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An important ruling handed down in July by the United States Supreme Court has altered some of the rules about where lawsuits for patent infringement may be filed. As a result of the ruling in TC Heartland v. Kraft Food Group, a patent infringement lawsuit against a domestic corporation may now be filed only in the state where the allegedly infringing defendant is incorporated or in jurisdictions where the defendant operates a “regular and established place of business.”

The high court’s decision in TC Heartland v. Kraft Food Group will make it much costlier in the future for many would-be plaintiffs to protect their patents by pursuing patent infringement lawsuits. If you are a business owner and you believe that your business is a victim of patent infringement, or if you have other questions or concerns regarding intellectual property protection, now more than ever, you will need the advice and insights of an experienced Washington, D.C. patent attorney.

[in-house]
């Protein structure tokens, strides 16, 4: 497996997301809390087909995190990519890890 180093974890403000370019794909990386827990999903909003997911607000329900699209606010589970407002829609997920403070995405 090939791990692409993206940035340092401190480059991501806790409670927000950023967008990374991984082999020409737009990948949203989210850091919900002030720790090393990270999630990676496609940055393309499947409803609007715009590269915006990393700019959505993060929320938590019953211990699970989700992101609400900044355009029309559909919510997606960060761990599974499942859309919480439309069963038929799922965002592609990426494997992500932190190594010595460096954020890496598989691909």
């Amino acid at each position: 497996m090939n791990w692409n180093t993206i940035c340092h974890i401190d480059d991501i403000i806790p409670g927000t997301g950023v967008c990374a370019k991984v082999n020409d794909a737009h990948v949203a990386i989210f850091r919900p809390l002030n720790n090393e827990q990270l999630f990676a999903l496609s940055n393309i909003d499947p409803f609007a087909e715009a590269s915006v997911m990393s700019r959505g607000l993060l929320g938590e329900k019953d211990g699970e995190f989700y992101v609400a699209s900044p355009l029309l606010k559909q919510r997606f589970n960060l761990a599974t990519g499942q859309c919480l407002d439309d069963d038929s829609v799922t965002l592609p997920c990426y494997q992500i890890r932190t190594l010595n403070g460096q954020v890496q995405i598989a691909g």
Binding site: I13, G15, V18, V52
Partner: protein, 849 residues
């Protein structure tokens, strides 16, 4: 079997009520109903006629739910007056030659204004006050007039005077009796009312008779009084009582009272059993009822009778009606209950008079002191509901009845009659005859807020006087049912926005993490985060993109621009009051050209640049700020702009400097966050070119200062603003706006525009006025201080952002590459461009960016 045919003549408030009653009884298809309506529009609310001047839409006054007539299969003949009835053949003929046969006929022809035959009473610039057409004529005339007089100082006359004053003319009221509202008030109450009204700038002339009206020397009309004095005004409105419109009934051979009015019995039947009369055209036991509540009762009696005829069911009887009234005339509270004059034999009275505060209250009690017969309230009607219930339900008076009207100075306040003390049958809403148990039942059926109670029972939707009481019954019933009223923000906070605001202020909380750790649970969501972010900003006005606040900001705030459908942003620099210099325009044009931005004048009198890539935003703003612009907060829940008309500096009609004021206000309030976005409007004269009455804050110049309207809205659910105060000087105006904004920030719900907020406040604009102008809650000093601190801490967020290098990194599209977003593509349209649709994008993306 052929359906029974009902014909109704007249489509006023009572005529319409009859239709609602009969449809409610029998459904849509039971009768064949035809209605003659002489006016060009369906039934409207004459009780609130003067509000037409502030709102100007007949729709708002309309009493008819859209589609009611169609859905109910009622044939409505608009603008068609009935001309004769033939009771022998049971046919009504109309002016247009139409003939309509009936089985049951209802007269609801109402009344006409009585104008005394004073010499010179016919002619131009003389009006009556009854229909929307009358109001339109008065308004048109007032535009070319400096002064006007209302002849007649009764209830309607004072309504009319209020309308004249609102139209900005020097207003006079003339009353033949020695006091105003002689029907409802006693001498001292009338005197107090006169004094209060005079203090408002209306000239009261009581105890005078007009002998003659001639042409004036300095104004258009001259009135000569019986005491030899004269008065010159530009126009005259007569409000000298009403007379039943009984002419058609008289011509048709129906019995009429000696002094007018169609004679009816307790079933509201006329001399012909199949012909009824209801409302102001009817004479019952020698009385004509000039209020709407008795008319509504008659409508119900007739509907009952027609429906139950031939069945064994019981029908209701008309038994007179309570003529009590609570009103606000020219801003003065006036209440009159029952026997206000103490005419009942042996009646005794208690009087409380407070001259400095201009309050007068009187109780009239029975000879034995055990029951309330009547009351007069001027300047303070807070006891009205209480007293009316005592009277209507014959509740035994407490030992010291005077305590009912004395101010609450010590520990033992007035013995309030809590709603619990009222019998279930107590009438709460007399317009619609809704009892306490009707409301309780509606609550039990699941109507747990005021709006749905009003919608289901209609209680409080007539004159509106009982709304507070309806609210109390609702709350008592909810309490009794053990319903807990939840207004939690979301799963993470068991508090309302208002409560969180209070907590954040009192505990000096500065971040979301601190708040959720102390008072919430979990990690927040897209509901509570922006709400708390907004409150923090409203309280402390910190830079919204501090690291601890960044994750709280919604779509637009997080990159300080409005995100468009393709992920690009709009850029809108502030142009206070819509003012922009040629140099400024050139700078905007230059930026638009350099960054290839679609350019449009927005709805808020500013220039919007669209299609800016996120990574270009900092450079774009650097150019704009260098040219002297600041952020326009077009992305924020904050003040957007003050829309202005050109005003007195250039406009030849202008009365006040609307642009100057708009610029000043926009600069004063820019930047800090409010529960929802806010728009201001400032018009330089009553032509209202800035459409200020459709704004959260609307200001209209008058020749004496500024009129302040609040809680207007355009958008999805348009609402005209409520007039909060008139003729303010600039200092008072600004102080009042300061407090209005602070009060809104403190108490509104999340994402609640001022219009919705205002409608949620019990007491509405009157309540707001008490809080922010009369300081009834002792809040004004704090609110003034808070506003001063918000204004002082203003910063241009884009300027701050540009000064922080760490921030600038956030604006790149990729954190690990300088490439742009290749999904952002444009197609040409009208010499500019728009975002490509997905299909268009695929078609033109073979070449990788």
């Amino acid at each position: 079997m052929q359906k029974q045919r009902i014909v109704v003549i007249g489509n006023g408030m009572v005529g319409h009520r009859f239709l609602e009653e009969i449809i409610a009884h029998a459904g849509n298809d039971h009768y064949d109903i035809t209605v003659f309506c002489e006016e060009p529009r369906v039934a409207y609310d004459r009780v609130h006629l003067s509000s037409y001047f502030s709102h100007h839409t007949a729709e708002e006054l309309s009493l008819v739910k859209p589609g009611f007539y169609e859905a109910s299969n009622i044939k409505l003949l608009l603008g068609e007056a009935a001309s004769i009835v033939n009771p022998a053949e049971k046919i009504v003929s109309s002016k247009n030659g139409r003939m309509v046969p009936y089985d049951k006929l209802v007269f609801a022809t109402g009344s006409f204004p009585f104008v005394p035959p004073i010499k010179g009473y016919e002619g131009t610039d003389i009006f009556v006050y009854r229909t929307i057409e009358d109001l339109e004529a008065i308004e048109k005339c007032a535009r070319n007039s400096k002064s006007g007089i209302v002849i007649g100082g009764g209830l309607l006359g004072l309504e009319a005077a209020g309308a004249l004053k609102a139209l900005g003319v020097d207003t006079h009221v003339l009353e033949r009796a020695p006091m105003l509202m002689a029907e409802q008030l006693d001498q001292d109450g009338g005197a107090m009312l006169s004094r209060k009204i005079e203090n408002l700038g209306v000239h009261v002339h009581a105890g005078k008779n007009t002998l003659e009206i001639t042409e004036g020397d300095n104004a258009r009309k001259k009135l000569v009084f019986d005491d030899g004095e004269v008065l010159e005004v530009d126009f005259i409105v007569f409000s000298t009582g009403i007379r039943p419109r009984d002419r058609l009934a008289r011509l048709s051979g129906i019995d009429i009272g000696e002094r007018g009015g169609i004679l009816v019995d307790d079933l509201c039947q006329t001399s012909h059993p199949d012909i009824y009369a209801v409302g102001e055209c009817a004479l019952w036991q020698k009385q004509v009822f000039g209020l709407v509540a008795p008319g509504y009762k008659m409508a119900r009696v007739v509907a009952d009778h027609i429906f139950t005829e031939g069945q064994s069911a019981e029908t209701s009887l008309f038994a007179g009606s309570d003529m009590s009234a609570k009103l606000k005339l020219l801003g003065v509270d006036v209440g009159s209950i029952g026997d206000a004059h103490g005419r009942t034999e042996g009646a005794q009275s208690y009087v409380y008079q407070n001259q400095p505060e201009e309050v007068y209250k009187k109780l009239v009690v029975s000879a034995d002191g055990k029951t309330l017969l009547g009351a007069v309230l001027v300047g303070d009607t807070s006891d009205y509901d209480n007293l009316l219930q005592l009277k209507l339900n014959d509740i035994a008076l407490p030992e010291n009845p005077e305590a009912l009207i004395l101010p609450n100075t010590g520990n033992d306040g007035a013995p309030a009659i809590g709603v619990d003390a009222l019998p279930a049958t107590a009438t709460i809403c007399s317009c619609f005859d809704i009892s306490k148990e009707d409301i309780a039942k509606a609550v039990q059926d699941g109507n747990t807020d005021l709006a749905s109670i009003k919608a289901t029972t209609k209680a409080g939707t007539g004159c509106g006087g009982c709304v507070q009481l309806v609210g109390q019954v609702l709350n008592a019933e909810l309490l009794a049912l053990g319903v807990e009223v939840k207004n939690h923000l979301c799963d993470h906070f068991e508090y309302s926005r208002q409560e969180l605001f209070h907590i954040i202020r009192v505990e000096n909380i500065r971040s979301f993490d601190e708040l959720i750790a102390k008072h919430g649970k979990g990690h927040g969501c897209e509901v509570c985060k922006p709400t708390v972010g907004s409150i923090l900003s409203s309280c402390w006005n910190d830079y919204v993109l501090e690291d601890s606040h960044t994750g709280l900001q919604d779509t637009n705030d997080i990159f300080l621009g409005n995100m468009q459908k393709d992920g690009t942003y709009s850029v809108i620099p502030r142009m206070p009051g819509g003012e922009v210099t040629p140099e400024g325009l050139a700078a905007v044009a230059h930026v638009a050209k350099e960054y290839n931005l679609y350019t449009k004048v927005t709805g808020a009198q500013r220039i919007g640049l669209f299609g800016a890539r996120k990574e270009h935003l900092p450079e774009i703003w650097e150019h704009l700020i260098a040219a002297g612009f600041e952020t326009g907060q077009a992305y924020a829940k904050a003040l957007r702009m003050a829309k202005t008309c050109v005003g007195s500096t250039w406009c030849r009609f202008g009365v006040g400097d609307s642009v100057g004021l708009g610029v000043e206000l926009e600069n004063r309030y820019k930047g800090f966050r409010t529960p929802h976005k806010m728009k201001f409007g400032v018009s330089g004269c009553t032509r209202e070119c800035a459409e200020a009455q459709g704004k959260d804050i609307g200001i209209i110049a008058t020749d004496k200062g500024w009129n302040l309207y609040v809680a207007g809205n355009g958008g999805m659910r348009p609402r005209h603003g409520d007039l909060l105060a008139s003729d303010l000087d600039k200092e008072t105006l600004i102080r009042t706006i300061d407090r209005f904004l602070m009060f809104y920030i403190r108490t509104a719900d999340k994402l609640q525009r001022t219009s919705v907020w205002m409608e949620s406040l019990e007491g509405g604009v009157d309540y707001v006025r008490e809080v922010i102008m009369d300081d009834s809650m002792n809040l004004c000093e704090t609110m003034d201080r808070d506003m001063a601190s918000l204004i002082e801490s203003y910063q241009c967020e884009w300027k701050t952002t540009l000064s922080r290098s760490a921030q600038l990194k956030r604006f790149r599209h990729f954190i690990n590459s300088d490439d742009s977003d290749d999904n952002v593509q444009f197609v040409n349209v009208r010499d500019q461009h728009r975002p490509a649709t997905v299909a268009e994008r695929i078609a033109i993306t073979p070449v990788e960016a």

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Prior to the TC Heartland ruling, a patent infringement action could be filed in any jurisdiction where the defendant routinely offered the allegedly infringing item for sale. Because many goods are sold nationally, patent owners could usually file an infringement lawsuit in the federal district court of their choice.

Thus, most patent infringement actions were filed in the small number of courts perceived as patent-owner friendly: the Northern District of California or the Eastern District of Texas, for example. As the same judges routinely dealt with patent infringement cases, outcomes became predictable.

WHAT MADE THE TC HEARTLAND CASE DIFFERENT?

TC Heartland asked Supreme Court justices to interpret the provision of federal law which requires a patent infringement lawsuit to be filed in either “the judicial district where the defendant resides, or where the defendant has committed acts of infringement and has a regular and established place of business.” The justices decided unanimously that “the judicial district where the defendant resides” is the state where the alleged patent infringer is incorporated.